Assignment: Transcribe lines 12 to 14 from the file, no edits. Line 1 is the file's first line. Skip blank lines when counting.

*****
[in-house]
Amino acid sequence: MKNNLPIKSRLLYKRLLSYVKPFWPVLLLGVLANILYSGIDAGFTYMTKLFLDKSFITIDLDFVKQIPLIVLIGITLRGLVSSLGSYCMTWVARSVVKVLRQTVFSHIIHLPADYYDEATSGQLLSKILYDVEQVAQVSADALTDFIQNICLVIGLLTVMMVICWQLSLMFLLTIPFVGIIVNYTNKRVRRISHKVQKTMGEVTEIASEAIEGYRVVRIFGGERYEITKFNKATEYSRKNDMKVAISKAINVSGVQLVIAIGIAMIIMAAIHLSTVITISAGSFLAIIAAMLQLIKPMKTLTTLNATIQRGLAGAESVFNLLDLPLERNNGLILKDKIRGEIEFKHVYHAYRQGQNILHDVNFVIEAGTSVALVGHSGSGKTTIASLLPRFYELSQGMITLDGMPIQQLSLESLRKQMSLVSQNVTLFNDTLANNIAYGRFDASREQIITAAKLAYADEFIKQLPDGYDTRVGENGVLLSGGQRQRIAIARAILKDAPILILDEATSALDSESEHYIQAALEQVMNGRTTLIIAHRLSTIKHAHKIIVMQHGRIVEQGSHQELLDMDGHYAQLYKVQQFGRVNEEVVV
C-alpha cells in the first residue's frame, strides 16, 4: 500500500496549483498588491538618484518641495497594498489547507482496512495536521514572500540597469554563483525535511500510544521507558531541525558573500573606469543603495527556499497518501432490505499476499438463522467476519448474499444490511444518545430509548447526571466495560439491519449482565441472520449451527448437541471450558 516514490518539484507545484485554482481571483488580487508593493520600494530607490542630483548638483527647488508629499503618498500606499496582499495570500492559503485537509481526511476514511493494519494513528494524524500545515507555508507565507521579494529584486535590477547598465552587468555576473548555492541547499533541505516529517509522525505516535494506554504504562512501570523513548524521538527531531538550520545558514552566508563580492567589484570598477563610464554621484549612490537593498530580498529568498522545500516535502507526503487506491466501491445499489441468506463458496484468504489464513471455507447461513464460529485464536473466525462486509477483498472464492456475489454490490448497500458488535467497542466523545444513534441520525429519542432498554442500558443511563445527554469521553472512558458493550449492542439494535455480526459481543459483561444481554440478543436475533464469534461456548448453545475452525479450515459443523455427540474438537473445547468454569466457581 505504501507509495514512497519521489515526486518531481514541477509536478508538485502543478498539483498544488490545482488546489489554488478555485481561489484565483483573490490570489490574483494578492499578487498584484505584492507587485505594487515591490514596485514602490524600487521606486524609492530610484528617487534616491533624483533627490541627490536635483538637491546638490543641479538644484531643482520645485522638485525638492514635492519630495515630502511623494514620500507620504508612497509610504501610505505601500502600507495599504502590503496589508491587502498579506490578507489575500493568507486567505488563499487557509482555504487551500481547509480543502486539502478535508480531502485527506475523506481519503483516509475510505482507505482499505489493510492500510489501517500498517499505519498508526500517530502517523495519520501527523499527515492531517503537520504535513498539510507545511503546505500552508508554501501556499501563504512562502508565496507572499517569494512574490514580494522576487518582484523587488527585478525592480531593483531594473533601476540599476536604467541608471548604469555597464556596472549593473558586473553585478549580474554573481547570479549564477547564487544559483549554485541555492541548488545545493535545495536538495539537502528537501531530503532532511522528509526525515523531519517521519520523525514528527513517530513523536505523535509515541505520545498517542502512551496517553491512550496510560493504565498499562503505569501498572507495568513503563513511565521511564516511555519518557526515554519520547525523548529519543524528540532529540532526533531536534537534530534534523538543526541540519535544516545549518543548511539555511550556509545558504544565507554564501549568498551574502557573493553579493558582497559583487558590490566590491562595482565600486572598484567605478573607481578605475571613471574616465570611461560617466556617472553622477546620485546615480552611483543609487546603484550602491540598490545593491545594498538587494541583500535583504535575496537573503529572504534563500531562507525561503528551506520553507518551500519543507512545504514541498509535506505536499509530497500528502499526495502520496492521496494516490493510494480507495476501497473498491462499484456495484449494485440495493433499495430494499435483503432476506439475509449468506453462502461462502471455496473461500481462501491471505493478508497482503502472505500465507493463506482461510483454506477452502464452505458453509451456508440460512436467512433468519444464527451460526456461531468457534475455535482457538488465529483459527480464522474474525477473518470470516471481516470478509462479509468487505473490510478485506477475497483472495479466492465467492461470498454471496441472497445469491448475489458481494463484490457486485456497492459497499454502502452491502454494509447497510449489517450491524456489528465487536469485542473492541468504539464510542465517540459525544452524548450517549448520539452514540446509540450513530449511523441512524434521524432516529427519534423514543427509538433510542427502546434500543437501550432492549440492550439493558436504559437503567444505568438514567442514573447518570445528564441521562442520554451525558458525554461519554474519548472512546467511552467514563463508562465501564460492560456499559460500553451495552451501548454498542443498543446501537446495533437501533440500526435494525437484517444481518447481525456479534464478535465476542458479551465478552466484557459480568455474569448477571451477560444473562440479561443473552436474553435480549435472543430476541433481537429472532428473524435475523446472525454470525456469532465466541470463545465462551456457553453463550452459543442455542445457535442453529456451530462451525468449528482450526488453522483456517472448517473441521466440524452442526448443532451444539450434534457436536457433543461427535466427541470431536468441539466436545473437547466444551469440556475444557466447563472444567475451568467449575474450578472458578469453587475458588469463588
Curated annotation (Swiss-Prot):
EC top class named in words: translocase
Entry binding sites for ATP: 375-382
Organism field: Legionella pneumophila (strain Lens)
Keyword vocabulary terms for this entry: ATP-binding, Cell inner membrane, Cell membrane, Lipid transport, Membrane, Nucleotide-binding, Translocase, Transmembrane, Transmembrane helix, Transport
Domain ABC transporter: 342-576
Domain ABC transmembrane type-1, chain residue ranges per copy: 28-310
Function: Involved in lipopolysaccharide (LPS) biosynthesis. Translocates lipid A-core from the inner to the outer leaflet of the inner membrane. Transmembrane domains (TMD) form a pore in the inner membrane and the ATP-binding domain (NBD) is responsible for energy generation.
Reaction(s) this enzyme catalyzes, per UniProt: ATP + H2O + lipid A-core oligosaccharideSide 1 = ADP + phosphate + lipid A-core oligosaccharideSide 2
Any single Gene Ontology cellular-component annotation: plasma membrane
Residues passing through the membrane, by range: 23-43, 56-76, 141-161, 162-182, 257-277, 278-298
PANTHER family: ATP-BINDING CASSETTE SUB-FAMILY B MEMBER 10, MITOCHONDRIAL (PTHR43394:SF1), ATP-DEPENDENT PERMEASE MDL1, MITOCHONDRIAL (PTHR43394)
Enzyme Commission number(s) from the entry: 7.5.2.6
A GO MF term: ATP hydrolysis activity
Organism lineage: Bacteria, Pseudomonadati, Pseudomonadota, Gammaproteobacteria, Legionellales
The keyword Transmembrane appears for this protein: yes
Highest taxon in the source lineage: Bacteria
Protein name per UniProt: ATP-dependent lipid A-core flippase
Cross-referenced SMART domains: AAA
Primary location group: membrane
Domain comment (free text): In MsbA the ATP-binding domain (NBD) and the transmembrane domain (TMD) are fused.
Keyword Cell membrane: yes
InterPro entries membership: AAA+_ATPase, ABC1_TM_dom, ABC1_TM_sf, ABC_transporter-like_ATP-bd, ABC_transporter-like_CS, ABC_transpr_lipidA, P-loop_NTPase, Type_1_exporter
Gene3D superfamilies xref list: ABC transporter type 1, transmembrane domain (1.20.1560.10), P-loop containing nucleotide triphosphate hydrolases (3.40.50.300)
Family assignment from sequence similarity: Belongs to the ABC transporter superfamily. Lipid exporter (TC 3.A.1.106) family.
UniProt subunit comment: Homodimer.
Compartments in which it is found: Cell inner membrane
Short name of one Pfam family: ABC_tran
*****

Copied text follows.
Reaction(s) this enzyme catalyzes, per UniProt: ATP + H2O + lipid A-core oligosaccharideSide 1 = ADP + phosphate + lipid A-core oligosaccharideSide 2
Any single Gene Ontology cellular-component annotation: plasma membrane
Residues passing through the membrane, by range: 23-43, 56-76, 141-161, 162-182, 257-277, 278-298